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Massage manners

Posted by Robin Abrahams  November 7, 2012 07:06 AM

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Whether your shoulders just started knotting or just started unknotting, I daresay many of us could benefit from some deep breathing and relaxation. If you've never gotten a professional massage, this might be the week to treat yo self. Don't be intimidated! Massages are not about judging your body in any way. 

A few weeks ago, my own massage therapist sent her clients a helpful list from the American Massage Therapy Association. She wrote, "This list indicates the standards for professional conduct that you should always expect from a massage therapist or massage establishment. Remember, it's always ok to be specific about what you are hoping to get out of your massage - so be high maintenance! If your massage therapist is a true professional she or he will appreciate it!"

What Should Someone Expect From Their Massage & Massage Therapist? 
A clean, safe and comfortable environment before, during and after the massage  
Respect, courtesy, confidentiality and dignity
Privacy while changing and right to remove clothing only to their level of comfort for the massage
Draped appropriately by a sheet, towel or blanket, with only the area being massaged exposed
A licensed/registered/certified professional massage therapist, working within their scope of practice and in an ethical manner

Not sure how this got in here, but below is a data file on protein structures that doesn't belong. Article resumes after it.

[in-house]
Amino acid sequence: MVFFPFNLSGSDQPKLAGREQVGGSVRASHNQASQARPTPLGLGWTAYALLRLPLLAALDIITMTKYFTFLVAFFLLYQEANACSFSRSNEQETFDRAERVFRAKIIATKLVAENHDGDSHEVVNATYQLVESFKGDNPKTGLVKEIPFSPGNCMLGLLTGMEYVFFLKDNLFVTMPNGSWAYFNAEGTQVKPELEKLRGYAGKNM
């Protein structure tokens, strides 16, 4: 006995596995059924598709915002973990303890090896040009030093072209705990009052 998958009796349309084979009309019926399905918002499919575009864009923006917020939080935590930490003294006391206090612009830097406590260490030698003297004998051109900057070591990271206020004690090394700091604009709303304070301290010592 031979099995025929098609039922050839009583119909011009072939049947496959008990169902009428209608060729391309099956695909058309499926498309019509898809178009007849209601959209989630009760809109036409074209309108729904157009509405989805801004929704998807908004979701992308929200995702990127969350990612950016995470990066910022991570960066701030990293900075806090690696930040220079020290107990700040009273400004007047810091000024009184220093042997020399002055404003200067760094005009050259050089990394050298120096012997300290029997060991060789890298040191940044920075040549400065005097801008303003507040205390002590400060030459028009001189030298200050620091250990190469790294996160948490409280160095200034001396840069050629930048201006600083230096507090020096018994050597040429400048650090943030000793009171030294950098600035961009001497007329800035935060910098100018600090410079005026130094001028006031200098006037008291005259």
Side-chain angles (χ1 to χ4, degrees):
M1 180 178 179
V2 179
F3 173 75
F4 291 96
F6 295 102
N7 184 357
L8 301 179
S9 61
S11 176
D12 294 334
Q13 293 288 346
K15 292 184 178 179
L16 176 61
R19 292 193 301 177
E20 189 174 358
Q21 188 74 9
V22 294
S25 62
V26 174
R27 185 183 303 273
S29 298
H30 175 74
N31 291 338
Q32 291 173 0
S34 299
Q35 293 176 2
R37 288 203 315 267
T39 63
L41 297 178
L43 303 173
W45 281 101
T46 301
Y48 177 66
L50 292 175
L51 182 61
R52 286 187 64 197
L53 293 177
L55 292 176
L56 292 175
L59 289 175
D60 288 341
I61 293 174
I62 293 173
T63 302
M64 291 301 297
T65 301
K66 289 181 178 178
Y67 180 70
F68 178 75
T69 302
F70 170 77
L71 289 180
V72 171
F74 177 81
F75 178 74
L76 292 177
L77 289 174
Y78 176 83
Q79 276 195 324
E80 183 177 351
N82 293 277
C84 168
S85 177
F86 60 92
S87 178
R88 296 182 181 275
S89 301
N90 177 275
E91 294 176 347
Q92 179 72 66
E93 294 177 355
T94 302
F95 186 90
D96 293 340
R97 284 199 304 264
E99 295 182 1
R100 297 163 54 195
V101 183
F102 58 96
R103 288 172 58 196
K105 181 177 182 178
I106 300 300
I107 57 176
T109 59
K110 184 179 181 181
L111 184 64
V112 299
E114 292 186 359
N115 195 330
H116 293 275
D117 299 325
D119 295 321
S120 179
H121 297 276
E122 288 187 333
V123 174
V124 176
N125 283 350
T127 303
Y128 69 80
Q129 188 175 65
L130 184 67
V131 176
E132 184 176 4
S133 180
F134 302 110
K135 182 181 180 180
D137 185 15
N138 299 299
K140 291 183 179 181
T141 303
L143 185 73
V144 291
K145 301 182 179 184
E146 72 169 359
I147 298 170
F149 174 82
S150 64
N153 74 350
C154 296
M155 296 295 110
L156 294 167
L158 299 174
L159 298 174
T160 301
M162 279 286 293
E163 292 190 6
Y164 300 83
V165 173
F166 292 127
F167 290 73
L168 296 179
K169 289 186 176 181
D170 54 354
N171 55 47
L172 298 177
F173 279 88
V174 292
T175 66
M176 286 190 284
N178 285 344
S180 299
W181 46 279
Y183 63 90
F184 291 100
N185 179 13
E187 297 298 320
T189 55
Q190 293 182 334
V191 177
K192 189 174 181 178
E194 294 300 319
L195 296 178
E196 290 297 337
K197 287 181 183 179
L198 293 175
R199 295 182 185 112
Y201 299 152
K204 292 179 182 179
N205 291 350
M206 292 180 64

Option to ask questions of the massage therapist and receive professional responses  
Determine if there will be conversation, music or quiet during the massage [I would also add, the client can ask for aromatherapy, if available, or no scent to be used during the massage-R.]
 An explanation of the nature of the massage and techniques to be used in advance of starting the massage
The right to consent to the massage techniques and approaches, including manual pressure, used in the massage [In other words, you can tell them if they're pressing too hard, or not hard enough--feedback is helpful!]
If you've felt awkward about getting a massage because you didn't know what to expect, that should clear it up for you. 

I've written many times about how nice it is to give experiential gifts. A massage gift certificate is a good one--though, like all gift certificates, subject to the risk of not being used.
This blog is not written or edited by or the Boston Globe.
The author is solely responsible for the content.

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About Miss Conduct
Welcome to Miss Conduct’s blog, a place where the popular Boston Globe Magazine columnist Robin Abrahams and her readers share etiquette tips, unravel social conundrums, and gossip about social behavior in pop culture and the news. Have a question of your own? Ask Robin using this form or by emailing her at

Who is Miss Conduct?

Robin Abrahamswrites the weekly "Miss Conduct" column for The Boston Globe Magazine and is the author of Miss Conduct's Mind over Manners. Robin has a PhD in psychology from Boston University and also works as a research associate at Harvard Business School. Her column is informed by her experience as a theater publicist, organizational-change communications manager, editor, stand-up comedian, and professor of psychology and English. She lives in Cambridge with her husband Marc Abrahams, the founder of the Ig Nobel Prizes, and their socially challenged but charismatic dog, Milo.

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